Wireless Communications and Mobile Computing

Next-Generation Wireless Networks Communication Sustainability, Efficiency, and Security from a Physical Layer Perspective

Publishing date
01 Feb 2023
Submission deadline
07 Oct 2022

Lead Editor

1National Institute of Informatics, Tokyo, Japan

2Xidian University, Xi'an, China

3Zhejiang University of Technology, Hangzhou, China

4Zhejiang University of Technology, Hangzhou, China

This issue is now closed for submissions.

Next-Generation Wireless Networks Communication Sustainability, Efficiency, and Security from a Physical Layer Perspective

This issue is now closed for submissions.


Wireless communication networks have become a dominant force driving the development of the future world. With the large-scale commercialization of 5G, the global academia and industry have started envisioning the next-generation wireless networks (6G), which expect to implement the efficient and intelligent interconnection of human-machine-things in the physical world and create a ubiquitous and refined digital world, hence leading human life to a new era of deep integration of virtuality and reality. To realize this vision, all-around support for sophisticated functions, applications, and services is imminent, posing great challenges to the innovative improvements in the underlying (especially the physical layer) communication technologies. Energy consumption will become a huge burden on the way to the success of 6G.

On one hand, most IoE (Internet of Everything) devices will be either battery-powered or batteryless, so their communication performance is greatly constrained by intermittent energy supplies. On the other hand, the infrastructure will consume a huge amount of energy for powering enormous radio-frequency chains, maintaining satisfactory coverage, tracking mobile devices with super-narrow beams, etc. Therefore, renovating physical layer technologies and methodologies to enable communication sustainability constitutes the first challenge. Another main feature of 6G networks is to support multi-access environments where different types of wireless spectrum, including Sub-6 GHz, Millimeter-wave, and Terahertz, are utilized. Once wireless signals are not properly used and controlled, it will cause not only a waste of spectrum resources but also severe interference among concurrent transmissions, leading to a sharp decline in communication efficiency. Thus, how to develop advanced signal processing and interference management techniques to realize enhanced communication efficiency becomes the second challenge. Moreover, devices will seamlessly integrate with people's senses in the 6G era. Mountains of data transmitted over open wireless media contain human biometric information, home appliance control information, and even vehicle automatic driving control information. Malicious cyber activity may result in the loss of property or even human life. Cryptographic techniques and associated protocols are costly for small IoE devices and become less effective with the advances in quantum computing. Therefore, how to develop lightweight physical layer solutions to protect communication security is the third challenge.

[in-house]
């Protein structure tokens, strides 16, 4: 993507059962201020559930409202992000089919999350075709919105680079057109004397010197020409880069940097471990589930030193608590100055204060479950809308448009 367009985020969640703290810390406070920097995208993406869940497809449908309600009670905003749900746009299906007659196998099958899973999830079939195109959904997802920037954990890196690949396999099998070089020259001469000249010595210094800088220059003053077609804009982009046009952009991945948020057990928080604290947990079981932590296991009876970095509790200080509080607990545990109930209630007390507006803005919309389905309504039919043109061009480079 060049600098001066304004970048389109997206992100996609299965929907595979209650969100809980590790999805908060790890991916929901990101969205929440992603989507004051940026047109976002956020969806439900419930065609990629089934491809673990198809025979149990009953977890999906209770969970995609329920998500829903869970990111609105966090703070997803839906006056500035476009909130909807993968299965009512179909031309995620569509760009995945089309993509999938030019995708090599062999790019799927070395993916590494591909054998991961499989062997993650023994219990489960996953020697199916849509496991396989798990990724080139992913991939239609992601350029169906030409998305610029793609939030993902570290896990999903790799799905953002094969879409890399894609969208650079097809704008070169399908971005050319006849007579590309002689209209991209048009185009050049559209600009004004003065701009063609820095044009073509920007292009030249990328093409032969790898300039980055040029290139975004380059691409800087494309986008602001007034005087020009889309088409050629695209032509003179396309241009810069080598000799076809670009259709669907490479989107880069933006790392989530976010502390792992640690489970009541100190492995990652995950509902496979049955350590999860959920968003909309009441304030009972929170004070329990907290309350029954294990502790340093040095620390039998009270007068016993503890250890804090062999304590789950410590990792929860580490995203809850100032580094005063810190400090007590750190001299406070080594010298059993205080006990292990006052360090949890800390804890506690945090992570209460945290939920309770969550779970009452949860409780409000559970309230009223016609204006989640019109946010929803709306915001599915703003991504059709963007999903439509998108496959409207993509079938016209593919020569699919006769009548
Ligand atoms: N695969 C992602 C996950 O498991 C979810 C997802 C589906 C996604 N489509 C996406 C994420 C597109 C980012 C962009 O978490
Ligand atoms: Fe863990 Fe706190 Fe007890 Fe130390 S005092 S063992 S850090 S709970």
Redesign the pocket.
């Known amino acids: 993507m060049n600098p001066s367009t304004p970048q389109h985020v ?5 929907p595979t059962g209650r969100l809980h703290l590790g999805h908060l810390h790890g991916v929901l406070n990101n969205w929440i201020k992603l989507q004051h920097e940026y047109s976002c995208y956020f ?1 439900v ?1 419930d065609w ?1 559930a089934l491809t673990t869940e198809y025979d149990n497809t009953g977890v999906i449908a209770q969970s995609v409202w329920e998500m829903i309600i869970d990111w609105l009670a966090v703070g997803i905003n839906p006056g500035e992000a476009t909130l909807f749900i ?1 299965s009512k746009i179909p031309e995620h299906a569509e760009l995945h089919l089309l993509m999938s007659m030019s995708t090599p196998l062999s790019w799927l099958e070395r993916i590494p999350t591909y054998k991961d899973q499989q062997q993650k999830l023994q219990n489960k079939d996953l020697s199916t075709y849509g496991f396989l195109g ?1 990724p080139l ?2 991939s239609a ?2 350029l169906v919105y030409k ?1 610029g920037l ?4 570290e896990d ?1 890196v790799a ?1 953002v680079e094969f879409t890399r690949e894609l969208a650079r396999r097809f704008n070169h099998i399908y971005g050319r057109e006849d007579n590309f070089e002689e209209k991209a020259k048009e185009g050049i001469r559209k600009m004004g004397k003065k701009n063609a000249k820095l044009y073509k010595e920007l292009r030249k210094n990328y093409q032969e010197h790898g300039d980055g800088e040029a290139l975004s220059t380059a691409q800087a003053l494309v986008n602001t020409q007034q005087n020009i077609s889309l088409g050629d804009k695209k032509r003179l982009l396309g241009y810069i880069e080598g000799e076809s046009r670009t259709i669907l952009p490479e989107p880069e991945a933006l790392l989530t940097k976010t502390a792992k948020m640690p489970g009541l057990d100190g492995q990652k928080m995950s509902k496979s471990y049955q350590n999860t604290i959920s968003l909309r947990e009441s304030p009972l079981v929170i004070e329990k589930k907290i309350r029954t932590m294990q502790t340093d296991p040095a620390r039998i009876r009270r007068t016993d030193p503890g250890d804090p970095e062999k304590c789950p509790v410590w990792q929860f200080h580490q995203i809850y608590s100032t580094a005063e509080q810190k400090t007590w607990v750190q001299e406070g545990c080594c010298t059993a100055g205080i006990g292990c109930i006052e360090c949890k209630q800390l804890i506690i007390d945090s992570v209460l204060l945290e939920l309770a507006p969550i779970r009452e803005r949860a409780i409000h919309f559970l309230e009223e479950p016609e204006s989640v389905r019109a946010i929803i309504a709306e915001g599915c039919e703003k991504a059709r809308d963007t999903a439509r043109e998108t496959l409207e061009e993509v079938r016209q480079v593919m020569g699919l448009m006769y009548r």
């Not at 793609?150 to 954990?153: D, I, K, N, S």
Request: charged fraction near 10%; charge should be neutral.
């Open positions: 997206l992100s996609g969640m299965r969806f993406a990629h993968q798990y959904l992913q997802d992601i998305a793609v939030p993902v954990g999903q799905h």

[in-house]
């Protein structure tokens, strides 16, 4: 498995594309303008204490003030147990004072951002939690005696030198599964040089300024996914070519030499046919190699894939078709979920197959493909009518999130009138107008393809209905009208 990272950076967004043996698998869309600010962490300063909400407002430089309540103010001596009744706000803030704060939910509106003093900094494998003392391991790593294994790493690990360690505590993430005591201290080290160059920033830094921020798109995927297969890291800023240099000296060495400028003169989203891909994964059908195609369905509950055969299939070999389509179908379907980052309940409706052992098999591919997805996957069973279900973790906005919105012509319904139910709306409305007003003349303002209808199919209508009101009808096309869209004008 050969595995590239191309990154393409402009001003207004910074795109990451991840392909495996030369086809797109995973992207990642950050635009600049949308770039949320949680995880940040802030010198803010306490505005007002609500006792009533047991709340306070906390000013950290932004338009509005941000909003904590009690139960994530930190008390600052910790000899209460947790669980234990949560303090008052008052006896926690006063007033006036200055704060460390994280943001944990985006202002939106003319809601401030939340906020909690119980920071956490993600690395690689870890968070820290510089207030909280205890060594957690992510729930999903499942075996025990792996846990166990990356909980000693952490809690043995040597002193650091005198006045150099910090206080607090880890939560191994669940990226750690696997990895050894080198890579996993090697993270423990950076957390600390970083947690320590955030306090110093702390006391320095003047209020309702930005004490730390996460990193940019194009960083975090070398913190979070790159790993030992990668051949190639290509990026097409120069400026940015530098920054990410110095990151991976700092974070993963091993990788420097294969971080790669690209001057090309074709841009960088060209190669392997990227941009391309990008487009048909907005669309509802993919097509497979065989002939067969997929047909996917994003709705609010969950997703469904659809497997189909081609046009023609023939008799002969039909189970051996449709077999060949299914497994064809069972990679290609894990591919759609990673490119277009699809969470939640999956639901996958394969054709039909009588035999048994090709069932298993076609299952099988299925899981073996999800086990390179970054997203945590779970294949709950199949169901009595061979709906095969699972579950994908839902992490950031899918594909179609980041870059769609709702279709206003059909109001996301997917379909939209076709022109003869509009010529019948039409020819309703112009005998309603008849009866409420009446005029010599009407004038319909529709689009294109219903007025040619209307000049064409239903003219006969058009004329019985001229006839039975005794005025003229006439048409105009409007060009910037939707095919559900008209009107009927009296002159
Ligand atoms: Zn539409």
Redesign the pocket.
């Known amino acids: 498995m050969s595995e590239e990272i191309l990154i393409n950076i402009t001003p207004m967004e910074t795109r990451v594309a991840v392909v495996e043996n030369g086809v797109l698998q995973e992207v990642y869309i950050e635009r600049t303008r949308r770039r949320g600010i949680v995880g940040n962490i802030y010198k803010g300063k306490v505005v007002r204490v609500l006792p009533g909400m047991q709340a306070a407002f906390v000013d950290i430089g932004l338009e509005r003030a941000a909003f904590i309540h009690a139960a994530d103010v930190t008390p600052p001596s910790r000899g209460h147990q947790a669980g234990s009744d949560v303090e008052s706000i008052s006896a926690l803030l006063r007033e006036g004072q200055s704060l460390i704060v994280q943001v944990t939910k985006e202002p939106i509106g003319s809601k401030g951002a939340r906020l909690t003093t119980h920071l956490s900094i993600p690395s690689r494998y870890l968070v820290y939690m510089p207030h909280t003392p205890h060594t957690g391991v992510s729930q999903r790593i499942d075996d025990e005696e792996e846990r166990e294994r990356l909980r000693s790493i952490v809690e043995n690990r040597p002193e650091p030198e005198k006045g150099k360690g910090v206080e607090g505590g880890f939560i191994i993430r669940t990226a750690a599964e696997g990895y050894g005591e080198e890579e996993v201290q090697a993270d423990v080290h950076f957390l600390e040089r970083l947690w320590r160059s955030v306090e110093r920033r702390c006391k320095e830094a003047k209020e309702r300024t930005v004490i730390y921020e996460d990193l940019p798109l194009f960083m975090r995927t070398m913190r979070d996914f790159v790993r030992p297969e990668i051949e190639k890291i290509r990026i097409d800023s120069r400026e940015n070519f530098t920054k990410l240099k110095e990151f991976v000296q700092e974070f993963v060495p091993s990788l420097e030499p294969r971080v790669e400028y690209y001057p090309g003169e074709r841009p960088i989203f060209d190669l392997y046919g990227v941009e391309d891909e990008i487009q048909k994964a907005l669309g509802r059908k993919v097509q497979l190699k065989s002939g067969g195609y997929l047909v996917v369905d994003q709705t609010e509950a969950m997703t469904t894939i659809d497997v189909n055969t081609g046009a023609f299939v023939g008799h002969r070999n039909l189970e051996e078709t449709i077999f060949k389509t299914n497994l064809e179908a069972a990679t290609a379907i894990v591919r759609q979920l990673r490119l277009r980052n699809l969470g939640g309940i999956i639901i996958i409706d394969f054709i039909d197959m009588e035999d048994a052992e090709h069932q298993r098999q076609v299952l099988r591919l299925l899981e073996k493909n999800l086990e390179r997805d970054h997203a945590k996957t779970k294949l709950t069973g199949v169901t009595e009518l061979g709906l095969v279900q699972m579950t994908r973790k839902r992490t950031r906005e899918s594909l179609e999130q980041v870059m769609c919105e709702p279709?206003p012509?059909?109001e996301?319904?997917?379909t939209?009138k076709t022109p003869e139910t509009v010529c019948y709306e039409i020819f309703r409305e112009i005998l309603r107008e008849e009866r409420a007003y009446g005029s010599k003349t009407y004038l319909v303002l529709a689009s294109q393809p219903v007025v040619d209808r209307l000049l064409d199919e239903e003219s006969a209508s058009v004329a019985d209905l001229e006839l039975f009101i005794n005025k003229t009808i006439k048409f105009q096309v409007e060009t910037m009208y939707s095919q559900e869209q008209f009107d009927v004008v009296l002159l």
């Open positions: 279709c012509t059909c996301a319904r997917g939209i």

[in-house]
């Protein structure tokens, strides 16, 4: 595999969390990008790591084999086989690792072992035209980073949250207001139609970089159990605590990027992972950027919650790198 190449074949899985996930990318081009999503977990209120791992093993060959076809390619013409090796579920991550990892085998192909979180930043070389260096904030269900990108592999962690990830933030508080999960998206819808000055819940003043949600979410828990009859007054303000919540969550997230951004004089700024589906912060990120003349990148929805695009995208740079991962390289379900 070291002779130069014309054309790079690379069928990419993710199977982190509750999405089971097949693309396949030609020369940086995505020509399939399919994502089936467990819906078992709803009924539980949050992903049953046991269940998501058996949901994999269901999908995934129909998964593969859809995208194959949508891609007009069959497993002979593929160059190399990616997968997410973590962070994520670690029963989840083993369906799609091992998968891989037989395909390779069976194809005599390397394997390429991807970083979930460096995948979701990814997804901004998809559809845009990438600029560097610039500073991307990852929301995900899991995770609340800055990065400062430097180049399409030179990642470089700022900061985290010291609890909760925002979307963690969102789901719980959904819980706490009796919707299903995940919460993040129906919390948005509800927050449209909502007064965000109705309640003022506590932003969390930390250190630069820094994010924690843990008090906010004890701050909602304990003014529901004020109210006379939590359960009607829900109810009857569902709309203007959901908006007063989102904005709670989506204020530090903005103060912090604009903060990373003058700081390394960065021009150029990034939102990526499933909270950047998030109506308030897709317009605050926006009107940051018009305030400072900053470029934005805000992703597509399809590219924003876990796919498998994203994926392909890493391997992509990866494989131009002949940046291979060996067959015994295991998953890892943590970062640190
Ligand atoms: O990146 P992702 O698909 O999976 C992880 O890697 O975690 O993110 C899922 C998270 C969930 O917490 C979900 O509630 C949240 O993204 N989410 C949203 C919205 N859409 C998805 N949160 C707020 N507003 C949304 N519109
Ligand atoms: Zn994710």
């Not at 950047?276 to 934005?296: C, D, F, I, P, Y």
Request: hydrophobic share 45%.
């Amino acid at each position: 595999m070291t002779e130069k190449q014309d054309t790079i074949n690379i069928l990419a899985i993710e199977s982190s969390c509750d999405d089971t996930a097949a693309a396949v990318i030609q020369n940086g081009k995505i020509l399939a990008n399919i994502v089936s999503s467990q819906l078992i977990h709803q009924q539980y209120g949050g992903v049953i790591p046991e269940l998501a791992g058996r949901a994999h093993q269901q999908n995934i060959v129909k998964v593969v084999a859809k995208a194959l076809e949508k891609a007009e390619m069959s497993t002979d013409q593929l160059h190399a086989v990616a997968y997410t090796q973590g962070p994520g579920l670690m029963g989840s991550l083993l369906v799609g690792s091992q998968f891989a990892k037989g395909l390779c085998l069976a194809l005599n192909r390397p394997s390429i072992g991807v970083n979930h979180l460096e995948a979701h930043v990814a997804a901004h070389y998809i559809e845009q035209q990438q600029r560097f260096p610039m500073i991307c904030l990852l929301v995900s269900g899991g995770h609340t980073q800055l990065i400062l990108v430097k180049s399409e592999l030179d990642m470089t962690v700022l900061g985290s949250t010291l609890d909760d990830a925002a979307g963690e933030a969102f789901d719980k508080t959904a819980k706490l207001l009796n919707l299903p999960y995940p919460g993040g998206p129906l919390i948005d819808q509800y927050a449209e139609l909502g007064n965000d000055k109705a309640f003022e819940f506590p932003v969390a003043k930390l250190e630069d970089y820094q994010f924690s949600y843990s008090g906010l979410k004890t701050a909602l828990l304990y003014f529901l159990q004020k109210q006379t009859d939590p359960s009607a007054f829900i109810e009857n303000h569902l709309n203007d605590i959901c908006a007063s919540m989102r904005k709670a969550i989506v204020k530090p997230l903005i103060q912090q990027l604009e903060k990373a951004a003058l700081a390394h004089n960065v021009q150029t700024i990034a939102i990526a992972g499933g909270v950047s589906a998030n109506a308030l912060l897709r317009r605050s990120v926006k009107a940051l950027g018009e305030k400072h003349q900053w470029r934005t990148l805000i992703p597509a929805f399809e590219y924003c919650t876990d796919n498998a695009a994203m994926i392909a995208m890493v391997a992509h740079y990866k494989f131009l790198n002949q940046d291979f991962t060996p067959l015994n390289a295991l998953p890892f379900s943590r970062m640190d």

This Special Issue is dedicated to a broad range of advanced physical-layer techniques and methods designed for improving communication sustainability, efficiency, and security in future wireless networks. We welcome original research and review articles.

Potential topics include but are not limited to the following:

  • Physical layer approaches for green communications and computing
  • Cognitive radio and spectrum sensing for green communications
  • Age of information analysis and control in communications
  • Artificial intelligence-based sustainable communications
  • Computation offloading and service caching
  • Signal processing for green communications, energy harvesting, and wireless power transmission
  • Intelligent signal processing and interference management for next-generation wireless networks
  • Intelligent reflecting surface-enhanced wireless communications
  • Novel secure transmitting techniques and receiving design in interfering environments
  • Physical layer security design for next-generation wireless networks
  • Game theory for wireless physical layer security
  • Cross-layer security mechanisms incorporating cryptography and physical layer aspects
  • Secret-key generation and agreement over wireless channels
  • Physical layer authentication
  • Practical implementations of physical layer security techniques
Wireless Communications and Mobile Computing
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